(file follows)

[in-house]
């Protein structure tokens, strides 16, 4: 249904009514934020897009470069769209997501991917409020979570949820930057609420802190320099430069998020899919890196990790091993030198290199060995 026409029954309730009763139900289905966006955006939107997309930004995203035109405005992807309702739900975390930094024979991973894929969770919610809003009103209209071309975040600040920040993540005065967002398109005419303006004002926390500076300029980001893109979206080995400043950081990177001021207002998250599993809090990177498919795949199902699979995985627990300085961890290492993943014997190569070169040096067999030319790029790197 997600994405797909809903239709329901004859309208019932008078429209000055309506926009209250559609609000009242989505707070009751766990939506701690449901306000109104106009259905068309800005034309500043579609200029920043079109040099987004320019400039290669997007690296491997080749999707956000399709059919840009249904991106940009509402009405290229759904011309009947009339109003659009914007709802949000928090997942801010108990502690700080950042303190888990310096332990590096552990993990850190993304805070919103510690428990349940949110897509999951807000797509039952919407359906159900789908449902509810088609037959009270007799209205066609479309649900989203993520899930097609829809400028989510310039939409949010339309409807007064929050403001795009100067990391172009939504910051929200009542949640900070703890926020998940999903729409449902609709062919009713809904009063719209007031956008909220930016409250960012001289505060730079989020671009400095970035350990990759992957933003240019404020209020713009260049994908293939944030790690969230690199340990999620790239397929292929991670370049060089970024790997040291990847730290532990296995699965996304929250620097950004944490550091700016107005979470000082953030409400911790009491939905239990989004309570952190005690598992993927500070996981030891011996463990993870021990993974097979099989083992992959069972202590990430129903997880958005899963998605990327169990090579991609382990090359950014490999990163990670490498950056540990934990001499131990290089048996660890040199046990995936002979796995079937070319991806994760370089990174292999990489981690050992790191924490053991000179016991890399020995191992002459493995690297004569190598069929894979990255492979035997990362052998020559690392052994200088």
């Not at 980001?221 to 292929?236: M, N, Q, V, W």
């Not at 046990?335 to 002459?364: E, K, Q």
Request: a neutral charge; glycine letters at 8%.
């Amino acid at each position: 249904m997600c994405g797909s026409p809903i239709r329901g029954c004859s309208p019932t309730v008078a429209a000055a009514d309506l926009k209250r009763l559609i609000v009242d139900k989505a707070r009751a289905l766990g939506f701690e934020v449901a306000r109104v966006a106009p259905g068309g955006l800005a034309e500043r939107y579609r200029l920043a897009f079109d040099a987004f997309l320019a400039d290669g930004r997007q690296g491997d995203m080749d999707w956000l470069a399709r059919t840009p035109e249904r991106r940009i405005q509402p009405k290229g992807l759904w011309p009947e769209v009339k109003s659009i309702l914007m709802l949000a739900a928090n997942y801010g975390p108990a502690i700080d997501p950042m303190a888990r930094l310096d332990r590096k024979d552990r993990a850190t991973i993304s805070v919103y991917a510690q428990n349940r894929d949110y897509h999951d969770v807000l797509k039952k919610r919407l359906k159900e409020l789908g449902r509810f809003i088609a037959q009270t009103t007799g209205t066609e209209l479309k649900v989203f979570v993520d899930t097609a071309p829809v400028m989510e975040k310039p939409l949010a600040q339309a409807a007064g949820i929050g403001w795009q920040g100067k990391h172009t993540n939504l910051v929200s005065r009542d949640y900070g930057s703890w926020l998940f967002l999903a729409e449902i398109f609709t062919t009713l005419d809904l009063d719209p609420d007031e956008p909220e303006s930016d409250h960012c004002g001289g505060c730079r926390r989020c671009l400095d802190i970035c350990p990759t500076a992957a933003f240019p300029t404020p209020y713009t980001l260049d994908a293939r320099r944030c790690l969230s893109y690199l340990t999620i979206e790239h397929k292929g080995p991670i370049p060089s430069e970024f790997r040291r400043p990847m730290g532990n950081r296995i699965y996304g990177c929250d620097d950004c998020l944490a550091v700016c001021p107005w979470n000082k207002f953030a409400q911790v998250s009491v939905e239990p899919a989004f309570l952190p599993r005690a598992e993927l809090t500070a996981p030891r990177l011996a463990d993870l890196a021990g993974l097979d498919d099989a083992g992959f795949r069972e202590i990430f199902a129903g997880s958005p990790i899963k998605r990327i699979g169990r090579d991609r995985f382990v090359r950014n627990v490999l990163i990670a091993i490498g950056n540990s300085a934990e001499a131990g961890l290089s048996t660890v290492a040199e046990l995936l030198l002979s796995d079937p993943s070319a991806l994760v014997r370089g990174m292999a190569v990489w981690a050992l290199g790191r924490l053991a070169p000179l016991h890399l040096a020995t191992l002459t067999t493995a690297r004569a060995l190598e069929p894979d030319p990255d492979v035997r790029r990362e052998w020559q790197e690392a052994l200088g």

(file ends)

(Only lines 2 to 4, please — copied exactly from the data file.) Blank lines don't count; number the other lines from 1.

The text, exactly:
């Protein structure tokens, strides 16, 4: 249904009514934020897009470069769209997501991917409020979570949820930057609420802190320099430069998020899919890196990790091993030198290199060995 026409029954309730009763139900289905966006955006939107997309930004995203035109405005992807309702739900975390930094024979991973894929969770919610809003009103209209071309975040600040920040993540005065967002398109005419303006004002926390500076300029980001893109979206080995400043950081990177001021207002998250599993809090990177498919795949199902699979995985627990300085961890290492993943014997190569070169040096067999030319790029790197 997600994405797909809903239709329901004859309208019932008078429209000055309506926009209250559609609000009242989505707070009751766990939506701690449901306000109104106009259905068309800005034309500043579609200029920043079109040099987004320019400039290669997007690296491997080749999707956000399709059919840009249904991106940009509402009405290229759904011309009947009339109003659009914007709802949000928090997942801010108990502690700080950042303190888990310096332990590096552990993990850190993304805070919103510690428990349940949110897509999951807000797509039952919407359906159900789908449902509810088609037959009270007799209205066609479309649900989203993520899930097609829809400028989510310039939409949010339309409807007064929050403001795009100067990391172009939504910051929200009542949640900070703890926020998940999903729409449902609709062919009713809904009063719209007031956008909220930016409250960012001289505060730079989020671009400095970035350990990759992957933003240019404020209020713009260049994908293939944030790690969230690199340990999620790239397929292929991670370049060089970024790997040291990847730290532990296995699965996304929250620097950004944490550091700016107005979470000082953030409400911790009491939905239990989004309570952190005690598992993927500070996981030891011996463990993870021990993974097979099989083992992959069972202590990430129903997880958005899963998605990327169990090579991609382990090359950014490999990163990670490498950056540990934990001499131990290089048996660890040199046990995936002979796995079937070319991806994760370089990174292999990489981690050992790191924490053991000179016991890399020995191992002459493995690297004569190598069929894979990255492979035997990362052998020559690392052994200088």
């Not at 980001?221 to 292929?236: M, N, Q, V, W």
């Not at 046990?335 to 002459?364: E, K, Q």